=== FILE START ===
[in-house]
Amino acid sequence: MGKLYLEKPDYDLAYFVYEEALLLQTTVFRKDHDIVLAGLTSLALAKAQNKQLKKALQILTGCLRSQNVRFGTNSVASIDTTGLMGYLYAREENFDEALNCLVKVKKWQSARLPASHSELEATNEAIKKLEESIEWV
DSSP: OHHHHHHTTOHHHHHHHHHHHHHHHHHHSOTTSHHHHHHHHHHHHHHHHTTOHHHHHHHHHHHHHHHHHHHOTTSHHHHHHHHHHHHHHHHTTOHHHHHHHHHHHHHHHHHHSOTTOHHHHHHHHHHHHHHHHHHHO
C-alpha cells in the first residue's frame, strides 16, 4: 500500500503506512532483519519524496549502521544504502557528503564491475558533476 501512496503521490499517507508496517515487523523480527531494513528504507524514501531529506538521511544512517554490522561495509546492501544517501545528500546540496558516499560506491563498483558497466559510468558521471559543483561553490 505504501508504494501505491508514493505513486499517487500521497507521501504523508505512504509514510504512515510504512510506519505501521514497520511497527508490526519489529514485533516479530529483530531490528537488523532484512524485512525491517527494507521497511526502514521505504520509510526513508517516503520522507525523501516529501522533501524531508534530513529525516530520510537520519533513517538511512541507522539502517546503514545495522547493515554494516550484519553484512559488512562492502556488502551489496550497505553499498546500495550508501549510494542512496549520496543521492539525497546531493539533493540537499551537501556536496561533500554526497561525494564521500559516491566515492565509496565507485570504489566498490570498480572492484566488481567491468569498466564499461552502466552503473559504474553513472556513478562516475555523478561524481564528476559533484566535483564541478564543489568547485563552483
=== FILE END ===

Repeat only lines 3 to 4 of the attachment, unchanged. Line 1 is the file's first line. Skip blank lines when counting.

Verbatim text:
DSSP: OHHHHHHTTOHHHHHHHHHHHHHHHHHHSOTTSHHHHHHHHHHHHHHHHTTOHHHHHHHHHHHHHHHHHHHOTTSHHHHHHHHHHHHHHHHTTOHHHHHHHHHHHHHHHHHHSOTTOHHHHHHHHHHHHHHHHHHHO
C-alpha cells in the first residue's frame, strides 16, 4: 500500500503506512532483519519524496549502521544504502557528503564491475558533476 501512496503521490499517507508496517515487523523480527531494513528504507524514501531529506538521511544512517554490522561495509546492501544517501545528500546540496558516499560506491563498483558497466559510468558521471559543483561553490 505504501508504494501505491508514493505513486499517487500521497507521501504523508505512504509514510504512515510504512510506519505501521514497520511497527508490526519489529514485533516479530529483530531490528537488523532484512524485512525491517527494507521497511526502514521505504520509510526513508517516503520522507525523501516529501522533501524531508534530513529525516530520510537520519533513517538511512541507522539502517546503514545495522547493515554494516550484519553484512559488512562492502556488502551489496550497505553499498546500495550508501549510494542512496549520496543521492539525497546531493539533493540537499551537501556536496561533500554526497561525494564521500559516491566515492565509496565507485570504489566498490570498480572492484566488481567491468569498466564499461552502466552503473559504474553513472556513478562516475555523478561524481564528476559533484566535483564541478564543489568547485563552483